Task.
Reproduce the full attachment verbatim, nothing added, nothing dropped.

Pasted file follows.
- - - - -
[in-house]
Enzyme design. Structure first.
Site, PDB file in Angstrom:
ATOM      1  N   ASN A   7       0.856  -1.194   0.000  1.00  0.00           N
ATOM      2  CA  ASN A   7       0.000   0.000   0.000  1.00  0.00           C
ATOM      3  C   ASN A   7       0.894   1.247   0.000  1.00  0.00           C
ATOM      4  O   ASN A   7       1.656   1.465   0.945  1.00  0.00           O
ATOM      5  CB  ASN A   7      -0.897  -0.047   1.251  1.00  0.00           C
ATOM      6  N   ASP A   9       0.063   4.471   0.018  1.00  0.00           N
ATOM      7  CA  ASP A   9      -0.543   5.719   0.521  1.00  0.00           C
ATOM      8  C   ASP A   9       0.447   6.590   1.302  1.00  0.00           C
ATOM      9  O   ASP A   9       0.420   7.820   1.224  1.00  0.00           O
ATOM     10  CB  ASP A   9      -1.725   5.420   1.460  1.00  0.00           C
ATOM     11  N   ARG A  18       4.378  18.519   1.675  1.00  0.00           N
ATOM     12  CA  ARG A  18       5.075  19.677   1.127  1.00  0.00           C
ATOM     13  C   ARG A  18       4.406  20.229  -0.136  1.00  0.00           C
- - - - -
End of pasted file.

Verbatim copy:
[in-house]
Enzyme design. Structure first.
Site, PDB file in Angstrom:
ATOM      1  N   ASN A   7       0.856  -1.194   0.000  1.00  0.00           N
ATOM      2  CA  ASN A   7       0.000   0.000   0.000  1.00  0.00           C
ATOM      3  C   ASN A   7       0.894   1.247   0.000  1.00  0.00           C
ATOM      4  O   ASN A   7       1.656   1.465   0.945  1.00  0.00           O
ATOM      5  CB  ASN A   7      -0.897  -0.047   1.251  1.00  0.00           C
ATOM      6  N   ASP A   9       0.063   4.471   0.018  1.00  0.00           N
ATOM      7  CA  ASP A   9      -0.543   5.719   0.521  1.00  0.00           C
ATOM      8  C   ASP A   9       0.447   6.590   1.302  1.00  0.00           C
ATOM      9  O   ASP A   9       0.420   7.820   1.224  1.00  0.00           O
ATOM     10  CB  ASP A   9      -1.725   5.420   1.460  1.00  0.00           C
ATOM     11  N   ARG A  18       4.378  18.519   1.675  1.00  0.00           N
ATOM     12  CA  ARG A  18       5.075  19.677   1.127  1.00  0.00           C
ATOM     13  C   ARG A  18       4.406  20.229  -0.136  1.00  0.00           C